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Book Summary: “Beans: Four Principles for Running a Business in Good Times or Bad”, by Leslie Yerkes and Charles Decker

A business parable, Beans tells the story of a coffee bar in Seattle. The authors describe four essential ingredients for success that apply to companies of any size: start with passion, hire good people, make the buying experience personal, and maintain a good product.

The 1st ingredient in the book is PASSION, and the idea is simple: you must have passion for what you do. Love what you do and do what you love. Work is about more than the money; it’s about enjoying what you’re doing. If you don’t, clients will know it…and that’s a problem. And no matter how much passion you have for what you are doing, if your clients don’t have a similar passion for your product or service, they’re not going to buy from you. So if they don’t have the passion, you have to create it for them. How do you do that? First, you must fully understand your customers’ needs and wants, and then you must over-deliver.

The 2nd ingredient is PEOPLE. Look for potential employees who first have passion and second have the right attitude and skills to do the job. Look for people who share your values. Hire people who are friendly and have a passion for life and other people. Hire good people, and let them work. Trust them to do the right thing. Tell them what you expect (the mission) and talk about goals for the week, month, year. Let them come up with ideas to accomplish goals. Good people become good employees…which lead to good customers.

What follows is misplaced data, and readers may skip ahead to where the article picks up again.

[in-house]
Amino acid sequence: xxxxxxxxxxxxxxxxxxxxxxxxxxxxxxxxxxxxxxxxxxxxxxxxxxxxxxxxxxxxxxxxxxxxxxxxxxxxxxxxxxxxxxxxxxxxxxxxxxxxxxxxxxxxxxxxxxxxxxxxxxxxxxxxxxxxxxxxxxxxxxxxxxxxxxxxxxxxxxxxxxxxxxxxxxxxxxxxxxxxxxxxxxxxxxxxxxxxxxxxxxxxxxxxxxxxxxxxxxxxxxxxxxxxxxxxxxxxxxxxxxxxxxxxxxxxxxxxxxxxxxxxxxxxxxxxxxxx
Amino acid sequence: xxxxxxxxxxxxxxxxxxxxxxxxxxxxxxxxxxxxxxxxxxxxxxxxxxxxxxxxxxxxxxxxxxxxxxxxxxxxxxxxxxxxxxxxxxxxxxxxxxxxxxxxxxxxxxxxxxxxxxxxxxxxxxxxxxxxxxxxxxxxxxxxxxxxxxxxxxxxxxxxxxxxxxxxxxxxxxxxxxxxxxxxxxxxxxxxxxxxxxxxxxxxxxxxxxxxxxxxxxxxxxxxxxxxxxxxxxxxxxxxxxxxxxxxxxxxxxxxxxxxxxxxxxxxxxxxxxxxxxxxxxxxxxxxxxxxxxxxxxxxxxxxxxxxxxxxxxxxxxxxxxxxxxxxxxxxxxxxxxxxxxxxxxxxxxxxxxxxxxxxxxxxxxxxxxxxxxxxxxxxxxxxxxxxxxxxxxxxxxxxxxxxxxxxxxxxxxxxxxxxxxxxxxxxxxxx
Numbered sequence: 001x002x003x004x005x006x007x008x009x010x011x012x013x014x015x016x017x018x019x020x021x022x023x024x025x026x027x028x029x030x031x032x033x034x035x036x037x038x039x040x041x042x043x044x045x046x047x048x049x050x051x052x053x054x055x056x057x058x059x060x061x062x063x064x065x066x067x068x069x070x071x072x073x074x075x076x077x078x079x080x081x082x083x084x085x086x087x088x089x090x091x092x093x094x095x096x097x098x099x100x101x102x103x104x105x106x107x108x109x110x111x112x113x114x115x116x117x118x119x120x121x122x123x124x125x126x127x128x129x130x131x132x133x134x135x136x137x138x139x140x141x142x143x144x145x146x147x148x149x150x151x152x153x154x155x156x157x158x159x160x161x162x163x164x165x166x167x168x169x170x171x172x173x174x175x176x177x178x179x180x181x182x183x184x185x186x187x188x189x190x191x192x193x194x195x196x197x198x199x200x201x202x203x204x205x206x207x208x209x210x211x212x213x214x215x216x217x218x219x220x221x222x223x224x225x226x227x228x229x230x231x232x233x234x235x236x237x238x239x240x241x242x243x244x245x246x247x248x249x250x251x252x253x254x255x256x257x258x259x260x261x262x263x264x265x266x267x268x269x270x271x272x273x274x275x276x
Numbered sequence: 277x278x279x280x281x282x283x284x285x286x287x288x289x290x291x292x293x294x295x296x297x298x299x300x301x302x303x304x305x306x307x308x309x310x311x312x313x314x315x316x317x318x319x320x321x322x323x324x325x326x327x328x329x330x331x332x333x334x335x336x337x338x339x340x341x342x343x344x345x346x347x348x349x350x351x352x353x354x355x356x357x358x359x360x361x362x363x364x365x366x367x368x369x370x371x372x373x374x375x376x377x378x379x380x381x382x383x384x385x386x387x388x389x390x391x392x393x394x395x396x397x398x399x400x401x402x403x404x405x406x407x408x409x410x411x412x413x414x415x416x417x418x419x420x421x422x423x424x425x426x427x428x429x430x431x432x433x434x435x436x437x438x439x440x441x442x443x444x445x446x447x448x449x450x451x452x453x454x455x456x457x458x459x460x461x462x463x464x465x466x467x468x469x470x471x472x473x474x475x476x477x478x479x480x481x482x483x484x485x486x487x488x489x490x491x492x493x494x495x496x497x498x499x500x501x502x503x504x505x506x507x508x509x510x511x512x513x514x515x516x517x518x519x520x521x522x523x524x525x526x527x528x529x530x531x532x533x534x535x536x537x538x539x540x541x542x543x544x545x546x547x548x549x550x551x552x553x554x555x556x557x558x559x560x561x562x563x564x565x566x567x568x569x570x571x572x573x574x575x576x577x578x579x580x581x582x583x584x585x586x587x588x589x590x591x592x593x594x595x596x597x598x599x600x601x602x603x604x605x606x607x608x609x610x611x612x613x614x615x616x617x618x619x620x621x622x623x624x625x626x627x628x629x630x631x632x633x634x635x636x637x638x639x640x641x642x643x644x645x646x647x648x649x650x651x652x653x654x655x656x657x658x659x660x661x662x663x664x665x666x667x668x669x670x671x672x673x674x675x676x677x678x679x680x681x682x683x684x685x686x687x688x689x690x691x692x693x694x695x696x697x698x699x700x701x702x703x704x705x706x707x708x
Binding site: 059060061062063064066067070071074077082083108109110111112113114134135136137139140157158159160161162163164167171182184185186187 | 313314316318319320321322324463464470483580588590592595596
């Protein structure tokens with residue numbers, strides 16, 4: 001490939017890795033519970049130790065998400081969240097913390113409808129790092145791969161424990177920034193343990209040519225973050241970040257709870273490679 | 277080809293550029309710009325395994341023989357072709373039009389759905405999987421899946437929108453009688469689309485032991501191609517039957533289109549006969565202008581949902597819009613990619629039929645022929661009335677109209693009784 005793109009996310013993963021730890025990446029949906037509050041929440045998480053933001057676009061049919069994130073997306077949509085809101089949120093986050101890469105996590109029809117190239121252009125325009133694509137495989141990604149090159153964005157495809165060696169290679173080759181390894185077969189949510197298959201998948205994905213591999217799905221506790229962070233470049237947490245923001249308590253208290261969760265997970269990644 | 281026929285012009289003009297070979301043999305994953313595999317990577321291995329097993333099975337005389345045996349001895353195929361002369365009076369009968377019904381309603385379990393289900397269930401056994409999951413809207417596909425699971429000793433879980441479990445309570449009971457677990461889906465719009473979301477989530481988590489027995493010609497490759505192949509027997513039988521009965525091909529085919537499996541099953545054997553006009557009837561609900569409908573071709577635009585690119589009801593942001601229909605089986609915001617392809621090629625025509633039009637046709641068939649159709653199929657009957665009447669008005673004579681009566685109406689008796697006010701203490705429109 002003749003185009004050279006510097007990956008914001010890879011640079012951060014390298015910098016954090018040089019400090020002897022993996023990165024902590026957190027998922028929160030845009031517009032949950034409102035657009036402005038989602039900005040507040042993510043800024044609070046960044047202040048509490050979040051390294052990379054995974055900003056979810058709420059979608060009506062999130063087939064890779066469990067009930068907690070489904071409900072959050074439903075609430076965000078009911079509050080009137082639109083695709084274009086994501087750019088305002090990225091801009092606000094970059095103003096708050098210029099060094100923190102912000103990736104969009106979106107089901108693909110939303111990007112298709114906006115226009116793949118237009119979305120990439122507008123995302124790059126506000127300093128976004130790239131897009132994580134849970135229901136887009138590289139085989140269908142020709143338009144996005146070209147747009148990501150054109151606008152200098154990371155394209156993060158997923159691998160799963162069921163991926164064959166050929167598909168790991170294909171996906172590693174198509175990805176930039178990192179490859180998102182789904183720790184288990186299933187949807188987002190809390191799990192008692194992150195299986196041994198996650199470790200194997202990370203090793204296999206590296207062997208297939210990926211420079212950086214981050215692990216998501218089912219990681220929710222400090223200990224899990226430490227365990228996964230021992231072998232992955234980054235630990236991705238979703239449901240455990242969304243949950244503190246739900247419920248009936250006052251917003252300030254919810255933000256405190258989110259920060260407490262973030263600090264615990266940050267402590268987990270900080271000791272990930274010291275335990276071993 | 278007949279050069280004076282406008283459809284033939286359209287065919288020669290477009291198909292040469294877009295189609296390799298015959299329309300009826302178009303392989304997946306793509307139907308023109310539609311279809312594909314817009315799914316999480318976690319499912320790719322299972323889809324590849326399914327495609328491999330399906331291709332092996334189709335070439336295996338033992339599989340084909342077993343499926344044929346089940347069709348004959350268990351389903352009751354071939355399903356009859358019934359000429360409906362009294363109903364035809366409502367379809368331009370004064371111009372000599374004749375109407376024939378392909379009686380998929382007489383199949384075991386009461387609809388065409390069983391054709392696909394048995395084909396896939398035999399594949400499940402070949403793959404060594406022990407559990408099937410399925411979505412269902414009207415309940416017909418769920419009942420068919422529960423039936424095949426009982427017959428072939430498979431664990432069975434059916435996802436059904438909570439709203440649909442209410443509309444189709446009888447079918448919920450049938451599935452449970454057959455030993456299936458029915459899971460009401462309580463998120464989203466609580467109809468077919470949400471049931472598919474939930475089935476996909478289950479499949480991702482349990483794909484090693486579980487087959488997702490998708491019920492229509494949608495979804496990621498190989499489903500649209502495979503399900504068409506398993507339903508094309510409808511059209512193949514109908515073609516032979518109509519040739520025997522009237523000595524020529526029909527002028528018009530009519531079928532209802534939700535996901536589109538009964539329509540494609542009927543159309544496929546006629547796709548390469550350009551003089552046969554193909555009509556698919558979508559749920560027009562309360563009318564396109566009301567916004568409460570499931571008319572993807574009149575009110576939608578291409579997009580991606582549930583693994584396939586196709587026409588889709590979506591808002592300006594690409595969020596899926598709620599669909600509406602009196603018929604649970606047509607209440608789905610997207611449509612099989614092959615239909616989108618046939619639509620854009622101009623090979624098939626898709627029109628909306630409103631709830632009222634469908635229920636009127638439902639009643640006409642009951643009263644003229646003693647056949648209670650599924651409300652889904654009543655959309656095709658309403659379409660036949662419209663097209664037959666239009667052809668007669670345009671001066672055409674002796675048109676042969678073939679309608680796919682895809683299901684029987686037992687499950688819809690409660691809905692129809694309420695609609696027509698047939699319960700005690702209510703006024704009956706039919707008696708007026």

The 3rd ingredient in Beans is to MAKE IT PERSONAL. Everybody wants to be a regular (remember, this is a business case-study about a coffee shop). They want to be recognized and appreciated. Corporate layoffs and "rightsizing" have resulted in a loss of employee loyalty, and there’s a direct connection between employee loyalty and customer loyalty. Customers are loyal when employees are loyal. When employees are loyal they act selflessly, thinking about what’s good for the company first, not about what’s good for them. Treat customers as friends first instead of customers…like on Cheers ("Norm!"). Encourage employees to engage the clients. When clients are connected to you, they are less willing to spend their money with a competitor. Really get to know your client: strengthen the connection; develop a relationship. Make their experience with you and your company personal.

The 4th ingredient is PRODUCT. People don’t pay good money for a bad product. Consistency of product or service (performance, quality, "experience") is critical. Bad product overrides good (even great) service and poor product will drive away good customers. Conversely, bad service can drive customers away from a good product. You have to get the fundamentals right. As the quality of the product rises, so does customer loyalty, then employee morale increases. The message for business owners: Be passionate about your quality, celebrate that quality in word and deed and your people will be passionate about their work. For employees, the message is: Be proud of your work and what you produce and your work environment will be more enjoyable.

So, in summary, to help drive success in your business or organization, the authors of Beans recommend that you hire the best people you can, allow them to be who they are, treat them fairly and reward them regularly, and instill in them a love for serving the customers. Then, the customers will come back faithfully.